JohnShaw wrote:Kurt!!! This company does HDMI over Cat 5/6 also.... that is wonderful... need to start thinking about that in meetinghouses...


HDMI over cat 6 definitely holds some promise. However, I can tell you that it's problematic at times. We deal with it quite a bit in the conference rooms that we build here at Church HQ. All products are definitely not created equal. The Gefen HDMI extenders we've tried were definitely not reliable.

That's why I want to test this IO Corp VGA extender and make sure it carries the signal properly without loss or degradation.
Kurt Olsen - Product Manager at Church HQ for Digital Presentation (Personal Video Conferencing, Meetinghouse Webcast, Conference Rooms, Video Conference Endpoints, Meetinghouse Digital Content)

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johnshaw
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Postby johnshaw » Tue Aug 21, 2012 1:12 pm

Smart TV's (vga, hdmi, rca)
1 32 In. LCD TV
3 20 In LCD TV/DVD

2 Projectors for Viewing broadcasts (chapel and cultural hall)
1 Projector for Wards to share
4 Projectors for Seminary (1 per room designated by SP as a seminary room - these rooms also got pull-down screens and double chalk boards)

HD Camera for the Building
PTZ Camera mounted in the Chapel
Tech closet with all the tech coming to a centralized point, correct line level in for the webcaster, etc...

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barkeraj
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Postby barkeraj » Tue Aug 21, 2012 1:18 pm

JohnShaw wrote:4 Projectors for Seminary (1 per room designated by SP as a seminary room - these rooms also got pull-down screens and double chalk boards)


Ahh, there's the key difference
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barkeraj
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Postby barkeraj » Sat Aug 25, 2012 11:19 pm

OK, here's my current (crazy) line of thinking. Let me know what I am missing.

1 - Laptop in chapel gets video stream via network cable plugged into port at podium. Only one use of the internet to retain quality.
2 - Output VGA to Composite using this converter, that we already have for doing quick and dirty hymn text to projectors.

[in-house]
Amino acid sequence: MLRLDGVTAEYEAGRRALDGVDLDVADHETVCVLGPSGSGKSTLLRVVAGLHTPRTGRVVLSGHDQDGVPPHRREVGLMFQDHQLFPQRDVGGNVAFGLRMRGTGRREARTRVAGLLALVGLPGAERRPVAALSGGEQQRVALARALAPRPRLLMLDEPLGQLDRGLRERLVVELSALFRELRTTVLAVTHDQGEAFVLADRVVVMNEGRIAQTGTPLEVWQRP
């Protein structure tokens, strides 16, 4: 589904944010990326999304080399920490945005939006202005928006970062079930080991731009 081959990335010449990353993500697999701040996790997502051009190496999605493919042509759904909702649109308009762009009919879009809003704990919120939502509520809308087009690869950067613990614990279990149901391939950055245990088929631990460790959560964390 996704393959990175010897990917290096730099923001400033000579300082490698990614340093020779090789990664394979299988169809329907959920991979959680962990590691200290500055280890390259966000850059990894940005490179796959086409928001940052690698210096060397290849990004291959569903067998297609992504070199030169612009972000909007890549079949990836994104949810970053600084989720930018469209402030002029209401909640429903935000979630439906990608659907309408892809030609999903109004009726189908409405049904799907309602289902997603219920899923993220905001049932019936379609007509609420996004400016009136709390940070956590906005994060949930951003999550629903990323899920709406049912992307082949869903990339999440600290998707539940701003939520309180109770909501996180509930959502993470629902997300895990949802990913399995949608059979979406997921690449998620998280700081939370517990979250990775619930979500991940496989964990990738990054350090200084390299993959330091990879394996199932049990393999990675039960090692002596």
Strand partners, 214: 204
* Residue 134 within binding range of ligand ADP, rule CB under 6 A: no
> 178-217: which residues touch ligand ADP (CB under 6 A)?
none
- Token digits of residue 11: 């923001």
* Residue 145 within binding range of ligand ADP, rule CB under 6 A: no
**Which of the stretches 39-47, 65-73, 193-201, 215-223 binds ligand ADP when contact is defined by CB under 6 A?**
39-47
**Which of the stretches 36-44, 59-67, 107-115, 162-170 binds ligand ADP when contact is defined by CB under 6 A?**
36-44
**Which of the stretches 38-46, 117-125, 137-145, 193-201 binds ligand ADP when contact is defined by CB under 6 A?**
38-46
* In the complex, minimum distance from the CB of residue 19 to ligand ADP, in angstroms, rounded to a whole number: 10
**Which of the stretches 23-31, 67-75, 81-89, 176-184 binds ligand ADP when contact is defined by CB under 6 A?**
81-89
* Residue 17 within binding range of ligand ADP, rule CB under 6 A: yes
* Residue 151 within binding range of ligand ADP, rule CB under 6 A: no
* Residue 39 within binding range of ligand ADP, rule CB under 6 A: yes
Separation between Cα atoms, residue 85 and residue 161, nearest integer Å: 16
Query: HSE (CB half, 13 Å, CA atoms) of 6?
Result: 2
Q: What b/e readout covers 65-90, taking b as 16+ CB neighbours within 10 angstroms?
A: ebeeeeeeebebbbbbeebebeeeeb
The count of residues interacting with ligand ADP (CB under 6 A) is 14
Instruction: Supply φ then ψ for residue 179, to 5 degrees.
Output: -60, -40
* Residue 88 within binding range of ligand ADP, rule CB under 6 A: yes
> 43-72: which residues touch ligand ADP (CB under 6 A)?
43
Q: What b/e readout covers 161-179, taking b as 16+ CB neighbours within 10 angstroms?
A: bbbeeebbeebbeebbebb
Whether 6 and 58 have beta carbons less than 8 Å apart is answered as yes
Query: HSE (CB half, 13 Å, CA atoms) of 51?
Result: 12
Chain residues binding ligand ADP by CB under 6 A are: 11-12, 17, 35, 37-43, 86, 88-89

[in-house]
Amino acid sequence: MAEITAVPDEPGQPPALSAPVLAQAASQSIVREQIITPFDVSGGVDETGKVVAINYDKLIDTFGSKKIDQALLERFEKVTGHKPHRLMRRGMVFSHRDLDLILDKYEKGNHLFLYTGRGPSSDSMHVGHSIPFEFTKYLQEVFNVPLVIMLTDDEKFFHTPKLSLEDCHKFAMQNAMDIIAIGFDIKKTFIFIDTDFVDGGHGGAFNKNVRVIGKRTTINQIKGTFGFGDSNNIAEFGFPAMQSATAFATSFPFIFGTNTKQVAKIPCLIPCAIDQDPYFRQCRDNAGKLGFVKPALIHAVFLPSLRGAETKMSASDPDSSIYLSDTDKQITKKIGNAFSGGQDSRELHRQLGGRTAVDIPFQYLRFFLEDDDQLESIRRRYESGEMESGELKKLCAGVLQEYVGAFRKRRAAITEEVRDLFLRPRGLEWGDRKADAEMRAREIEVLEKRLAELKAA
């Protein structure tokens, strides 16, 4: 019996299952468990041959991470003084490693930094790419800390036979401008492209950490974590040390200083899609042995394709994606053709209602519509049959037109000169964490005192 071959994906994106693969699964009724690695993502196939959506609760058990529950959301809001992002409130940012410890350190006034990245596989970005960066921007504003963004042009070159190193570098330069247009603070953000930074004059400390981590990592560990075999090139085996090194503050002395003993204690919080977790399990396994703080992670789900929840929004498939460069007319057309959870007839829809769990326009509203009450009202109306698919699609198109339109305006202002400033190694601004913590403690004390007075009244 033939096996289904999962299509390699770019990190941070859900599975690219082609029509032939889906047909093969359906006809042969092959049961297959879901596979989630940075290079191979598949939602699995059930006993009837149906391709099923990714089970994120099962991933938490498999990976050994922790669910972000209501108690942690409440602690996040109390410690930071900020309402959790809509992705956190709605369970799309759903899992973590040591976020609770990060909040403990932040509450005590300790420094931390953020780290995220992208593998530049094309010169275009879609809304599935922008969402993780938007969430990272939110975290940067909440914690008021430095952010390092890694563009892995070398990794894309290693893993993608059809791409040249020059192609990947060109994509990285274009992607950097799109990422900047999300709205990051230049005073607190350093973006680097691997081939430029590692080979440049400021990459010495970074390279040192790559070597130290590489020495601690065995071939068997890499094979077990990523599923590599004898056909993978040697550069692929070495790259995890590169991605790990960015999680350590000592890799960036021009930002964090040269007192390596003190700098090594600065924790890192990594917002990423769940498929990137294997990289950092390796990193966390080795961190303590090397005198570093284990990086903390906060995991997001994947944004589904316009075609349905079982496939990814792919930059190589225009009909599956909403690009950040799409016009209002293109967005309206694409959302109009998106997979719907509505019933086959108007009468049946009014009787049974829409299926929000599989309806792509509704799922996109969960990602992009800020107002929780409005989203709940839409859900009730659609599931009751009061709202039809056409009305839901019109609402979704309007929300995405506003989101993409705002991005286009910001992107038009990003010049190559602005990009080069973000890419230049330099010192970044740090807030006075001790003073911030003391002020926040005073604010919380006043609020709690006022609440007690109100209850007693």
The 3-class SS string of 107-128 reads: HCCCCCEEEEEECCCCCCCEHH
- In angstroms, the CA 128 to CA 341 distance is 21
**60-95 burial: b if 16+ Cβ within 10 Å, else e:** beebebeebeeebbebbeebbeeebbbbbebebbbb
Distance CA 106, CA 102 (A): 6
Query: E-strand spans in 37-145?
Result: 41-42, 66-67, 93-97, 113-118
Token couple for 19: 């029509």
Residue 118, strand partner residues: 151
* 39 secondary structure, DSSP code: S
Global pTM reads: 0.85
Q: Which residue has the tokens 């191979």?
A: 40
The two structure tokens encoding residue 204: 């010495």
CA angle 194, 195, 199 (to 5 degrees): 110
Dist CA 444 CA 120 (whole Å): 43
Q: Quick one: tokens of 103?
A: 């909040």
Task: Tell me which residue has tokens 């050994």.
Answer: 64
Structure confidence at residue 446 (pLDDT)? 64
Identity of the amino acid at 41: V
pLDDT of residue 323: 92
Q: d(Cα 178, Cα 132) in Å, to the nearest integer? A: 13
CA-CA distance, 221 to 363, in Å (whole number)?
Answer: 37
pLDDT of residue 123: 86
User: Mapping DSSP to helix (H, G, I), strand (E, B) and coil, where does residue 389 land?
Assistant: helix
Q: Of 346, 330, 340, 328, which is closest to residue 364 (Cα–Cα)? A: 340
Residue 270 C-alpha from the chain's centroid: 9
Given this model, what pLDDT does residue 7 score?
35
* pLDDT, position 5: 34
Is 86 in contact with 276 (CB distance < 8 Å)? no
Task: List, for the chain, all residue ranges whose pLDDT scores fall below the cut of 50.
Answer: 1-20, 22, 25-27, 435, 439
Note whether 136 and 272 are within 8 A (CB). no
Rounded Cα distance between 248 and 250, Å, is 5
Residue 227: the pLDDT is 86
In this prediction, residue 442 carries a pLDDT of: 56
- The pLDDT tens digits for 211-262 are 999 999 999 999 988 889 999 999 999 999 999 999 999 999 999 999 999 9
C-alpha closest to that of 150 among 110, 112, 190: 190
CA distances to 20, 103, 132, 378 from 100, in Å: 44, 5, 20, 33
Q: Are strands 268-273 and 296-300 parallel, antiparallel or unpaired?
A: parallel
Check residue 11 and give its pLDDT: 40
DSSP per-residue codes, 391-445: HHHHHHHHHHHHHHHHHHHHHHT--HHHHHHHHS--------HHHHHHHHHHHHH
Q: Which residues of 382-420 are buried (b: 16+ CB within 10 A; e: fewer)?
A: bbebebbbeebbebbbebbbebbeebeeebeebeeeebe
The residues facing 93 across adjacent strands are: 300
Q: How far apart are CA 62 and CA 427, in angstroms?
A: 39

3 - Use a couple of Composite splitters to give me 4 feeds (one for chapel, 3 for other rooms). Would love a better option for splitting here, but haven't found one.
4 - Use these Composite to CAT5 Baluns to send 3 of them to other rooms.
5 - Connect cat5 to each of the balun and run them to the 3 clerk offices off of the chapel, since they are already wired into the building network.
6 - At the central hub for all the networking, use a short network cable to go from the clerk office to the desired room. I know the AV signal can't go through a network hub/switch, but I'm hoping they can make the jump at a dumb port. Else this whole crazy idea is dead in the water and I just have to run mega long cables down the hallway or outside and through the windows.
7 - Network cable from the wall to another balun at the TV
8 - Balun into TV
9 - Hope the video got here quick, since I'd like to use the church speakers for the audio. Otherwise I'll need to send audio too, which jumps the units up to the $45/each range and I have to use tiny tv speakers or get multiple crabs to go into mic ports for room speakers.
(yes there may be some male vs female issues in here, will rectify at purchase time)

Yes, that is a lot of hoops to jump through, but at the moment it seems the best bet in the cost versus quality department.

I have tested the mac screen sharing in my home, and the picture drops in quality a good chunk and does't stay in sync. I contacted iogear and they are many hundreds of dollars (not sure they want prices listed, else they would put them on their site, PM me if you want to know), so that's pretty pricey. A quick sumation of the above parts (network cables, adapters, 6 baluns, etc) comes to around $150 (or $300 for audio supporting balluns).

Thoughts?
Aaron Barker
Front-end Development Lead for LDS.org (content portions, not apps) and Ward Executive Secretary.